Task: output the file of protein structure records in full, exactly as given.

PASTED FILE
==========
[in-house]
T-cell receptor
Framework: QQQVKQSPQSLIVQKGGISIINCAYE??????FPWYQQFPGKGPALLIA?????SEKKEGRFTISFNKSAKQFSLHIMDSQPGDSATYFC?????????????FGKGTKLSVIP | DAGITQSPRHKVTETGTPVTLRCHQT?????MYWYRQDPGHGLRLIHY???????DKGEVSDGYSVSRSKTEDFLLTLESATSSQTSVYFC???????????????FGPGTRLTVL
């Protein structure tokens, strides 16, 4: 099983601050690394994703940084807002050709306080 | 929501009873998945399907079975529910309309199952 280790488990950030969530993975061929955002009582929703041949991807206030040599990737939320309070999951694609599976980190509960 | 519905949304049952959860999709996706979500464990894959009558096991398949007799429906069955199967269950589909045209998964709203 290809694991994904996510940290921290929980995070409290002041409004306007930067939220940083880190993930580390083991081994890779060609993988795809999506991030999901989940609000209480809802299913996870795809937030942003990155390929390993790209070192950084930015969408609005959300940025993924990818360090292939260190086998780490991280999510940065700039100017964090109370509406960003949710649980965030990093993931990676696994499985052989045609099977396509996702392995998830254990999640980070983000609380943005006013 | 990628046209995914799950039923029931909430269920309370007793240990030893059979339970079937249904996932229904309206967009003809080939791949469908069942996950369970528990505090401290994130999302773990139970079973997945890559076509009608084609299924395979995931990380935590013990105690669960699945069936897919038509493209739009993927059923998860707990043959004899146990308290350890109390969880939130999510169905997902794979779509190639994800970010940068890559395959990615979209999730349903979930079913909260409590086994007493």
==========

[in-house]
T-cell receptor
Framework: QQQVKQSPQSLIVQKGGISIINCAYE??????FPWYQQFPGKGPALLIA?????SEKKEGRFTISFNKSAKQFSLHIMDSQPGDSATYFC?????????????FGKGTKLSVIP | DAGITQSPRHKVTETGTPVTLRCHQT?????MYWYRQDPGHGLRLIHY???????DKGEVSDGYSVSRSKTEDFLLTLESATSSQTSVYFC???????????????FGPGTRLTVL
């Protein structure tokens, strides 16, 4: 099983601050690394994703940084807002050709306080 | 929501009873998945399907079975529910309309199952 280790488990950030969530993975061929955002009582929703041949991807206030040599990737939320309070999951694609599976980190509960 | 519905949304049952959860999709996706979500464990894959009558096991398949007799429906069955199967269950589909045209998964709203 290809694991994904996510940290921290929980995070409290002041409004306007930067939220940083880190993930580390083991081994890779060609993988795809999506991030999901989940609000209480809802299913996870795809937030942003990155390929390993790209070192950084930015969408609005959300940025993924990818360090292939260190086998780490991280999510940065700039100017964090109370509406960003949710649980965030990093993931990676696994499985052989045609099977396509996702392995998830254990999640980070983000609380943005006013 | 990628046209995914799950039923029931909430269920309370007793240990030893059979339970079937249904996932229904309206967009003809080939791949469908069942996950369970528990505090401290994130999302773990139970079973997945890559076509009608084609299924395979995931990380935590013990105690669960699945069936897919038509493209739009993927059923998860707990043959004899146990308290350890109390969880939130999510169905997902794979779509190639994800970010940068890559395959990615979209999730349903979930079913909260409590086994007493």